Myron Healey, a movie character actor whose deep rich voice and sly smile helped make him one of the top-10 badmen of westerns in films and television, has died. He was 82.
Healey, a longtime resident of Simi Valley, died of respiratory failure at Providence St. Joseph Medical Center in Burbank on Dec. 21, his family said. His death was not made public until an obituary appeared in the current issue of Western Clippings, a western film publication.
Healey played his first western heavy in 1948 -- opposite western star Johnny Mack Brown -- in "Hidden Danger," which launched Healey as a regular in low-budget Monogram westerns starring Brown, Whip Wilson and Jimmy Wakely.
Healey quickly became "one of the best, most recognizable and most frequently seen heavies in the waning days of the B-western and the burgeoning days of the TV western," according to Boyd Magers, editor and publisher of Western Clippings.
On television, he appeared regularly on dozens of western series, including "The Adventures of Wild Bill Hickok," "Range Rider," "Bonanza," "Maverick" and "Rawhide." In the late '50s, Healey replaced Douglas Fowley in the role of Doc Holliday for a year on "The Life and Legend of Wyatt Earp."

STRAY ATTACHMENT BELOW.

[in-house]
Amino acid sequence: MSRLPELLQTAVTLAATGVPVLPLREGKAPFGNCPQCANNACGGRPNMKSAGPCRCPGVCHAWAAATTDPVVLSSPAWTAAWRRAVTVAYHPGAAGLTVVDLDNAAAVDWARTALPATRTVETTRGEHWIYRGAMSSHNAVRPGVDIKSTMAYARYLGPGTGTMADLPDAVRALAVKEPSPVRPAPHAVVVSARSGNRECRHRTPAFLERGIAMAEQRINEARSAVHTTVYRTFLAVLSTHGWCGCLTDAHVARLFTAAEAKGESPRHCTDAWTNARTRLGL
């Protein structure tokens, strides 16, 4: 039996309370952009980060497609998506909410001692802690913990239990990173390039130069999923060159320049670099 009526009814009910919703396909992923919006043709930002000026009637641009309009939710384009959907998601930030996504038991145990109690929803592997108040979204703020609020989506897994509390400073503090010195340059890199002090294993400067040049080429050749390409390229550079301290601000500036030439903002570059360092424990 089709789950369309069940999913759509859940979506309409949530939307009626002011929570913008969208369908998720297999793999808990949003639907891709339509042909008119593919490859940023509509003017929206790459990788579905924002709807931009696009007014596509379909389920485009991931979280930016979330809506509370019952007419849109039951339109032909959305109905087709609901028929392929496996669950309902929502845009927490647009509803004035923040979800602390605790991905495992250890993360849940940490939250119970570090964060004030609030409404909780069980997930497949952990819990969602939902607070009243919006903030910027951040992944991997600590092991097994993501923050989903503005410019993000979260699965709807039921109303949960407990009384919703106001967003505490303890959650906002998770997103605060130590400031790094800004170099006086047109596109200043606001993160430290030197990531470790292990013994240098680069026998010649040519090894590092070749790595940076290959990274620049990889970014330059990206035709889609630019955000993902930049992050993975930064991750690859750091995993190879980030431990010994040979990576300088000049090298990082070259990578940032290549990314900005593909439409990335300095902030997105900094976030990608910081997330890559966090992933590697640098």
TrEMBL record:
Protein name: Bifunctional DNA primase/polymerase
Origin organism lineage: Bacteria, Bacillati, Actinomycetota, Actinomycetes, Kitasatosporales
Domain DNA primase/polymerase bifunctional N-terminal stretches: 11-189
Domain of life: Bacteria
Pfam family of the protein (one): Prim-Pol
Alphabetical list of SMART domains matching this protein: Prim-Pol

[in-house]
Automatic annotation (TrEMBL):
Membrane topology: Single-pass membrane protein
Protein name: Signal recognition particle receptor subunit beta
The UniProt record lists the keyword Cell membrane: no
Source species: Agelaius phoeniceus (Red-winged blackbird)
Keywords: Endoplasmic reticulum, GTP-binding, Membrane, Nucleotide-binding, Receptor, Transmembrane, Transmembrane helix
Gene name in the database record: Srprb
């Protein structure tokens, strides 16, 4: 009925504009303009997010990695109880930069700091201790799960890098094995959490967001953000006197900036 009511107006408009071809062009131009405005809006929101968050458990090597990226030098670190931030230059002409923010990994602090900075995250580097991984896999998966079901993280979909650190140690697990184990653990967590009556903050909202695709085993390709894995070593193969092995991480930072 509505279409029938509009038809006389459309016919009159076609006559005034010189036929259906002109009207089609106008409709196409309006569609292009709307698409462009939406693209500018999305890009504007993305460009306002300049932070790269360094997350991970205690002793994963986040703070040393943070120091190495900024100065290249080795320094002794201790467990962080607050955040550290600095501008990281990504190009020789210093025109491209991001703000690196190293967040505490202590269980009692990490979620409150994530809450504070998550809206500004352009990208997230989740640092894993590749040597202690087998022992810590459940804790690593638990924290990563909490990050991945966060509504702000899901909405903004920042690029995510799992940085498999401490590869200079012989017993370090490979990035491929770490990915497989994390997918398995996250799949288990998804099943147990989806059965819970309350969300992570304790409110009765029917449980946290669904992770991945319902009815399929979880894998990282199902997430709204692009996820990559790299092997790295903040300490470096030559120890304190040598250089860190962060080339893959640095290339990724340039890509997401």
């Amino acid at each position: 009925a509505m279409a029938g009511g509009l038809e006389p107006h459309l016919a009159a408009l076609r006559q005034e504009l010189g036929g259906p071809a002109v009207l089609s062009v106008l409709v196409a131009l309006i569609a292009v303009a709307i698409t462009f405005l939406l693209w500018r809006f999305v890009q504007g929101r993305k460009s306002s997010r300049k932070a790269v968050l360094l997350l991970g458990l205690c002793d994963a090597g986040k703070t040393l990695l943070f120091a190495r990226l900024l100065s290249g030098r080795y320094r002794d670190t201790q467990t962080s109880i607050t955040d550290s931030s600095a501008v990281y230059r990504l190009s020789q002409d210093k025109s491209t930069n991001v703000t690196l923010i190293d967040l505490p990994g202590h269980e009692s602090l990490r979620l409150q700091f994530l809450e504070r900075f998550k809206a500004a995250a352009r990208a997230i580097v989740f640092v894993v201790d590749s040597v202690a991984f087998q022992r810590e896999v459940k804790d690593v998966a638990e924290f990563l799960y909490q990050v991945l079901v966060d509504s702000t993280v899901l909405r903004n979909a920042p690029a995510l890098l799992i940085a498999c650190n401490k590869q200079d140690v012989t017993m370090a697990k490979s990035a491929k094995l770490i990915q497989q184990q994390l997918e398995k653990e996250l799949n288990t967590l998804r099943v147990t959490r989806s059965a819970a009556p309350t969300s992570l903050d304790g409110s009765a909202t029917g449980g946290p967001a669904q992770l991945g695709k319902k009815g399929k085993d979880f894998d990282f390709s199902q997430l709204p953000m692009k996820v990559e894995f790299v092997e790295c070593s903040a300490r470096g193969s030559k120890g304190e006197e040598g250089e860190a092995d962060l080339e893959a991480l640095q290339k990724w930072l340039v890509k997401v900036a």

Although he also showed up in "Perry Mason," "The Alfred Hitchcock Hour" and other series set in contemporary times, Healey was recognized primarily as a western heavy.
"Whenever you see any [Top 10] ranking, it always includes Charlie King, Roy Barcroft, Harry Woods and Myron Healey," said Magers, coauthor of "Best of the Badmen."
Healey was no run-of-the mill, bullying western villain.
"To me, he just brought a different presence," Magers said. "He wasn't the grungy, dirty, mean type of heavy. Certainly, he could do that, but he just had a little slicker image, a little smoother finesse to his evilness. He had that sly smile that, if you knew him when he smiled like that, it was a warm, loving smile. But when he was playing a badman, it was just an evil smile."
Healey was born June 8, 1923, in Petaluma, Calif. As a teenager, he sang on local radio, gave violin and piano recitals and appeared in stage productions in high school in Santa Rosa. After arriving in Hollywood in the early '40s, he studied acting and appeared in musicals for the Armed Forces Victory Committee, the forerunner of the USO.
Healey, who landed a contract with MGM in 1942, enlisted in the Army Air Forces in 1943 and saw combat in France and Germany while serving as a navigator and bombardier on a B-26 Marauder. After the war, he continued to serve in the Air Force Reserve until 1962.
While appearing in B-westerns, Healey wrote several screenplays, including the 1951 western "Colorado Ambush," in which he appeared.
As for playing badmen on screen, Healey told Magers that in terms of character and personality, he had "much more leeway in playing a heavy." And, he said, "it's just plain interesting, the fact that you're not a nice guy. I enjoyed that much more than playing a hero."
In 2000, he received a Golden Boot Award from the Motion Picture & Television Fund for his work in westerns.
Healey, who was divorced four times, is survived by his daughters, Christine Ann Grissam and Mikel Healey; a grandson and a great-grandson.